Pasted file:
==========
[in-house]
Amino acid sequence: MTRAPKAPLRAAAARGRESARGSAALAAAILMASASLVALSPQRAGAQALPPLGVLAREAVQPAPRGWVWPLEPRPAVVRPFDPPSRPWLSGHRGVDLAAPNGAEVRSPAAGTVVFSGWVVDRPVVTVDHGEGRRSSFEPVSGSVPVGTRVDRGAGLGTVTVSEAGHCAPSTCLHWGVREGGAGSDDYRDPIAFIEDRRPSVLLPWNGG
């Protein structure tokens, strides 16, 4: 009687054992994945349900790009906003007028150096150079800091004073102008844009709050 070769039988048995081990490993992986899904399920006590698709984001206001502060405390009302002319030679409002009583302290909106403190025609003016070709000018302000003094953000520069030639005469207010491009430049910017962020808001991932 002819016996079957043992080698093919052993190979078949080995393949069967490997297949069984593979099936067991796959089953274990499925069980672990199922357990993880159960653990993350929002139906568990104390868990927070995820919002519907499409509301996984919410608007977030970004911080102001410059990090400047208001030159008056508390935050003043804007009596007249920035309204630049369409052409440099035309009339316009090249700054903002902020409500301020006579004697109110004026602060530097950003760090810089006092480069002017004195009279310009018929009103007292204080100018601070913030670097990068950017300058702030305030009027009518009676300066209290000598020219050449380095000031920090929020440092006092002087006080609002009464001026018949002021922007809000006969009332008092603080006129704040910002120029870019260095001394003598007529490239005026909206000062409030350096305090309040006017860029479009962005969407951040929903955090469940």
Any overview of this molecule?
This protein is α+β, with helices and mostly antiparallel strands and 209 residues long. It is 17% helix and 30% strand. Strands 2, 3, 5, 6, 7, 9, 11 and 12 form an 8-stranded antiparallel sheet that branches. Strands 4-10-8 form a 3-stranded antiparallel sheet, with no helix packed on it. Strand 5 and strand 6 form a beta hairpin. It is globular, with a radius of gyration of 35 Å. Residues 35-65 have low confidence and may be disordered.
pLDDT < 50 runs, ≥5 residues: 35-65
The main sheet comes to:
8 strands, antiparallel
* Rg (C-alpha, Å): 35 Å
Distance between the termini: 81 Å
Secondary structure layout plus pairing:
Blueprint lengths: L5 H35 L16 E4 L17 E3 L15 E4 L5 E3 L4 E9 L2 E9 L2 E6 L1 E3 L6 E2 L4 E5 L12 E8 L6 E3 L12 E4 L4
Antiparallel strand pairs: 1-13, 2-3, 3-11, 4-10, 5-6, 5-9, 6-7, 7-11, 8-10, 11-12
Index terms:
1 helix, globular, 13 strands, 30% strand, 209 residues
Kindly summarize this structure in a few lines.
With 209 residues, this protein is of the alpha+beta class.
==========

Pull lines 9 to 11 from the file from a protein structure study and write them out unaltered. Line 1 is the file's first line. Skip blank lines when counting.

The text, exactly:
* Rg (C-alpha, Å): 35 Å
Distance between the termini: 81 Å
Secondary structure layout plus pairing: